Backed by Ford and Volkswagen, Argo has been testing its self-driving vehicles on public roads for several years. It was with a safety driver behind the wheel. However, recently the self-driving startup started having driverless cars carrying its employees around Miami in Florida, and Austin in Texas. It is said the commercial applications will be followed after a certain time.
Argo AI chief executive Bryan Salesky said, “Argo is first to go driverless in two major American cities, safely operating amongst heavy traffic, pedestrians, and bicyclists in the busiest of neighborhoods,” The company also allows its driverless vehicles to integrate with other delivery, ride-hail, and logistics companies. According to an Argo AI spokesperson, Lyft, ride-hailing services, and Walmart, retail grocery chain companies are running pilot programs. They are integrated with Argo AI driverless technology. The spokesperson stated, “Our driverless operations are initially focused on conducting employee rides using our internally-developed ride-hailing test app.” Further added, “We’ll integrate driverless into commercial operations at the appropriate time.”
A year ago, Lyft sold its self-driving technology unit and later in July partnered with Ford and Argo AI. According to the company they are focused on generating the maximum revenue from driverless taxis, by providing routing, fleet management services, and customer interface.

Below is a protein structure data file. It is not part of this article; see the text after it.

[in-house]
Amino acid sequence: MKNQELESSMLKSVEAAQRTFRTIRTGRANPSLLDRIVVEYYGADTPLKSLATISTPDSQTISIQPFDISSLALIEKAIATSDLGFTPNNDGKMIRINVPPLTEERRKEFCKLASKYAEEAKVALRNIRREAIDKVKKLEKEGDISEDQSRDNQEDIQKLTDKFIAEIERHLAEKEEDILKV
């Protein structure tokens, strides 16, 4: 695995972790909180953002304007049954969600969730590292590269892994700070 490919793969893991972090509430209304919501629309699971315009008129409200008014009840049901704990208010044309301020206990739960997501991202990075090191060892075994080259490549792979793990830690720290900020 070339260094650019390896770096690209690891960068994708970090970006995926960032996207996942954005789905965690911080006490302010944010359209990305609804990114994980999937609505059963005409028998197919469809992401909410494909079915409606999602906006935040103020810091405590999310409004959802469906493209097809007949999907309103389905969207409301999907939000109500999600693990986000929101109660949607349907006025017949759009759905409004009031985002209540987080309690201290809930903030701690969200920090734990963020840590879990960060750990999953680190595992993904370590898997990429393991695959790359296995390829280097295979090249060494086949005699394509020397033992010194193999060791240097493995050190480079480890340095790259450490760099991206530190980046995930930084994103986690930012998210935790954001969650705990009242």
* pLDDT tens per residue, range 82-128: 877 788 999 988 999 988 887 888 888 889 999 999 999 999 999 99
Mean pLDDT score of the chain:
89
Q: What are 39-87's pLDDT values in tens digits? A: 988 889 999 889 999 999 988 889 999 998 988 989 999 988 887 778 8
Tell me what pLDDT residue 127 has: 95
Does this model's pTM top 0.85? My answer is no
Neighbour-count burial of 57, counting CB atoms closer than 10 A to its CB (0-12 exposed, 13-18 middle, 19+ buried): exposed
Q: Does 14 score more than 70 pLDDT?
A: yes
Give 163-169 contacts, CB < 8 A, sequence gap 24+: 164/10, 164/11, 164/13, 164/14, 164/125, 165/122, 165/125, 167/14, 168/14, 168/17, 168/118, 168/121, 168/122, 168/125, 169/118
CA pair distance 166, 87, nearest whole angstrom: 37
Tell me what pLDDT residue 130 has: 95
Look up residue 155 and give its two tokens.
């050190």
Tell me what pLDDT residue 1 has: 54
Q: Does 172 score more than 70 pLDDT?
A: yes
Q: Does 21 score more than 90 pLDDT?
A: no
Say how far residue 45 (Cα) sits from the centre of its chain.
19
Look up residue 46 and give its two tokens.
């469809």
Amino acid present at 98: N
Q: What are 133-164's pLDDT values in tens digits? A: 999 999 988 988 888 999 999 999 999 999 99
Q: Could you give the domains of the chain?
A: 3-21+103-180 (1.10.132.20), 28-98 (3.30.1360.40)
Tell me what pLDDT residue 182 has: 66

Walmart in September said it partnered with Argo AI and Ford to launch an autonomous vehicle delivery service in Miami, Austin, and Washington, D.C. Self-driving companies have repeatedly pushed out timelines to provide truly driverless trips at scale, with only a few limited fully autonomous programs available across the U.S. While human drivers make up an estimated 80% of the per-mile cost in traditional ride-hail services, self-driving companies also need to recoup billions of dollars in development costs, and figure out how to scale, manage and maintain vehicle fleets economically.
The multi-city service will allow Walmart customers to place online orders of groceries and other popular items for autonomous delivery to their homes. Argo’s cloud-based system will integrate with Walmart’s online ordering platform to route orders and schedule package deliveries. Ford’s self-driving test vehicles with Argo’s self-driving system will then deliver the orders to customers.
Walmart had previously partnered with General Motor’s Cruise on a self-driving delivery pilot and with self-driving vehicle startups Gatik and Nuro to explore delivery through autonomous vehicles. “This collaboration will further our mission to get products to the homes of our customers with unparalleled speed,” said Tom Ward, senior vice president of last-mile delivery at Walmart in the United States (last year).